Paying your employees for hours that you know they've worked is straightforward enough. But what if they're doing more work than you think they are — or more than you've asked them to do? As federal regulations state, "Work not requested but suffered or permitted is work time" and, thus, must be compensated.
As explained in a new Department of Labor (DOL) field assistance bulletin (FAB), "If the employer knows or has reason to believe that the work is being performed, he must count the time as hours worked." The rub, the FAB explains, is this:
"While it may be easy to define what an employer actually knows, it may not always be clear when an employer 'has reason to believe that work is being performed,' particularly when employees telework or otherwise work remotely at locations that the employer does not control or monitor."
"Constructive knowledge," is a legal term for knowledge that you should have because you would have it if you had exercised reasonable care. That's the key concept at work here.
Generally, the onus is on you to keep employees from performing more work than you want them to and are paying them to perform — whether it's to prevent you from having to pay overtime rates or more regular time hours than you've budgeted. According to the FAB, "employers bear the burden of preventing work when it's not desired," and "the mere promulgation of a rule against such work is not enough."
"Management has the power to enforce the [work hours limit] rule and must make every effort to do so," it states. And yet courts have been clear that there are limits to the meaning of "make every effort." In one case, a federal court ruled that the key is whether an employer's inquiry about employees' work activities are reasonable "in light of the circumstances surrounding the employer's business, including existing overtime policies and requirements." The bottom line, though, is that you need to make a genuine effort to know how many hours your employees are working, whether they're operating from their homes or at your regular worksite.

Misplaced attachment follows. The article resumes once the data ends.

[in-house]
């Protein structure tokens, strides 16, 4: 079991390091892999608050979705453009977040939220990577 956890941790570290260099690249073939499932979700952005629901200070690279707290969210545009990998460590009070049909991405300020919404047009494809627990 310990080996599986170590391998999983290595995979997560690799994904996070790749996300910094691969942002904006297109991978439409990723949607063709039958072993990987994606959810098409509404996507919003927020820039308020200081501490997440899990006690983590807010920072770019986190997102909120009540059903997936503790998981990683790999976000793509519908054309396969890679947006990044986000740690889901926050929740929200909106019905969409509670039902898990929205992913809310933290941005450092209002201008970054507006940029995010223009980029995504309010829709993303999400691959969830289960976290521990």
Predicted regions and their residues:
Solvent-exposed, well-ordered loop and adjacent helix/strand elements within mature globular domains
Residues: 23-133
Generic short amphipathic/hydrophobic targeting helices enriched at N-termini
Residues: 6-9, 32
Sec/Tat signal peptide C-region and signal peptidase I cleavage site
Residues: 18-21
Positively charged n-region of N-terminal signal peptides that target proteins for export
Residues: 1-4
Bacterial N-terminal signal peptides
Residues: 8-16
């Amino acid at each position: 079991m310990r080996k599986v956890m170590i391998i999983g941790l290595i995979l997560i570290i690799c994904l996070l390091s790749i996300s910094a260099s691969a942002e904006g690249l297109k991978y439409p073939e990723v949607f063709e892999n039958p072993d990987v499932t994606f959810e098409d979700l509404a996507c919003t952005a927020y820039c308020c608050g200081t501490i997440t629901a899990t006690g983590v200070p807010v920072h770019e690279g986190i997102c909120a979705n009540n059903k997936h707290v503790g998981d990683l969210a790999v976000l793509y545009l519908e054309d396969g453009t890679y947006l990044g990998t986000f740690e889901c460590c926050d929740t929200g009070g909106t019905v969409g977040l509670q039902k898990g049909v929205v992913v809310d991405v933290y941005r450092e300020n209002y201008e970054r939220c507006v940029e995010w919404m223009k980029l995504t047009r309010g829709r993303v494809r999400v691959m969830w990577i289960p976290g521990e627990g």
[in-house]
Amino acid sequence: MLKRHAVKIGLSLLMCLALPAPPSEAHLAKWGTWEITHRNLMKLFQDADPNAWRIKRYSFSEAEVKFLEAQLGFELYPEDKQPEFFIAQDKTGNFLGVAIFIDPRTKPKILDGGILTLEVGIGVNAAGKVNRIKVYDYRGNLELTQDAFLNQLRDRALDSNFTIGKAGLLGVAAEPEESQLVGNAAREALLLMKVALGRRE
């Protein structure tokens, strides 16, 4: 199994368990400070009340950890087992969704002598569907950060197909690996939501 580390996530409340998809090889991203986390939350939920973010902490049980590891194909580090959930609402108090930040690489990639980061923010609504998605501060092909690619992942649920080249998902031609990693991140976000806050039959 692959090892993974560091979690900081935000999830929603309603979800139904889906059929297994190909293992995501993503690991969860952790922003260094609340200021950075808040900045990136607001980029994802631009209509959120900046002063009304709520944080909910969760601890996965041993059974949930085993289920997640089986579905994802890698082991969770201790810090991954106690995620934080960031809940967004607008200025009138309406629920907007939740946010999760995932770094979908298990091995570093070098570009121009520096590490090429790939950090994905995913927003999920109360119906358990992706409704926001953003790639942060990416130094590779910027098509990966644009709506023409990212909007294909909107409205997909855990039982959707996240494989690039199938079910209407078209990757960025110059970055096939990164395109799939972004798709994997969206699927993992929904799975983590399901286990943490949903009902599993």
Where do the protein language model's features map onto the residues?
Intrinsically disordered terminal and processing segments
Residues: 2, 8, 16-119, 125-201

It's important to have a good timekeeping system that requires hourly employees to use if they want to be paid for all of the time they work. Your system should make it obvious to you if employees start to log enough hours to qualify for overtime pay. That enables you to take steps to ensure that workers don't, or don't continue to, log hours that must be paid at time-and-a-half.
The DOL's new guidance is particularly concerned with salaried non-exempt employees. The simplest approach to managing workers' hours, the FAB suggests, is to provide "a reporting procedure for non-scheduled time" and paying employees accordingly, even if you didn't ask them to work those extra hours. (You might also then have a discussion with the employees, laying out your expectations about how many hours they should spend on various elements of their jobs.)
With such a reporting system in place, if employees fail to report unscheduled hours through the established procedure, what is your responsibility? "The employer is not required to undergo impractical efforts to investigate further to uncover unreported hours of work and provide compensation for those hours," states the FAB.
What's impractical? While you might have access to data indicating when employees are accessing their work computers, you don't have to sort through this information to determine whether employees worked longer hours than they've reported.
The FAB's conclusion is supported by a federal appeals court ruling involving Chicago policemen who sued the city for overtime pay. The defendants argued that the police department should have monitored officers' cell phone logs to determine whether they were working overtime. If officers were working overtime, the ruling said, the department should pay them accordingly.
However, if employees are in any way discouraged from reporting work they performed that was beyond what was scheduled, you're back on the hook. In that scenario, employees can't waive their rights to compensation.
The most brazen form of discouragement would be explicit such as threatening the worker's job future. But the FAB cites another form of discouragement that could be inadvertent: establishing a system for employees to report overtime hours, but neglecting to properly instruct employees on how to use that system.
The practical implication of the guidance provided in the FAB is that if you don't currently have a system in place for nonexempt salaried employees to report overtime work, you should establish one. Then train your employees — whether working remotely or not — on how to use it.
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